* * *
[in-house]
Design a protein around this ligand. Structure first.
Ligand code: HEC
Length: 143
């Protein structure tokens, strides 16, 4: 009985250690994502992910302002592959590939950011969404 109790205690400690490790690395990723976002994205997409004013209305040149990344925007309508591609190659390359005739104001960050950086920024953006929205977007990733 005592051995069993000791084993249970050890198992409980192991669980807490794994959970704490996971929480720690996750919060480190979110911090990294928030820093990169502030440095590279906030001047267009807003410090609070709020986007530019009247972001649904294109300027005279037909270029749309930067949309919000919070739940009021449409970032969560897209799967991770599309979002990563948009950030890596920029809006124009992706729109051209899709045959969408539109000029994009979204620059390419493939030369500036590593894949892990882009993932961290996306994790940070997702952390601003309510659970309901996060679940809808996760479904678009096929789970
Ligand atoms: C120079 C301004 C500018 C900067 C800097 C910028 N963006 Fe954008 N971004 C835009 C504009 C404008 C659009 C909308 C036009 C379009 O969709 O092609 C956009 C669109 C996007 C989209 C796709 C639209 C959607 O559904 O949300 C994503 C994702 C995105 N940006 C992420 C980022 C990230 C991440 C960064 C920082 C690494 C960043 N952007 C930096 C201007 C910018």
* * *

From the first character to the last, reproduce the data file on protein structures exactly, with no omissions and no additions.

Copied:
[in-house]
Design a protein around this ligand. Structure first.
Ligand code: HEC
Length: 143
């Protein structure tokens, strides 16, 4: 009985250690994502992910302002592959590939950011969404 109790205690400690490790690395990723976002994205997409004013209305040149990344925007309508591609190659390359005739104001960050950086920024953006929205977007990733 005592051995069993000791084993249970050890198992409980192991669980807490794994959970704490996971929480720690996750919060480190979110911090990294928030820093990169502030440095590279906030001047267009807003410090609070709020986007530019009247972001649904294109300027005279037909270029749309930067949309919000919070739940009021449409970032969560897209799967991770599309979002990563948009950030890596920029809006124009992706729109051209899709045959969408539109000029994009979204620059390419493939030369500036590593894949892990882009993932961290996306994790940070997702952390601003309510659970309901996060679940809808996760479904678009096929789970
Ligand atoms: C120079 C301004 C500018 C900067 C800097 C910028 N963006 Fe954008 N971004 C835009 C504009 C404008 C659009 C909308 C036009 C379009 O969709 O092609 C956009 C669109 C996007 C989209 C796709 C639209 C959607 O559904 O949300 C994503 C994702 C995105 N940006 C992420 C980022 C990230 C991440 C960064 C920082 C690494 C960043 N952007 C930096 C201007 C910018």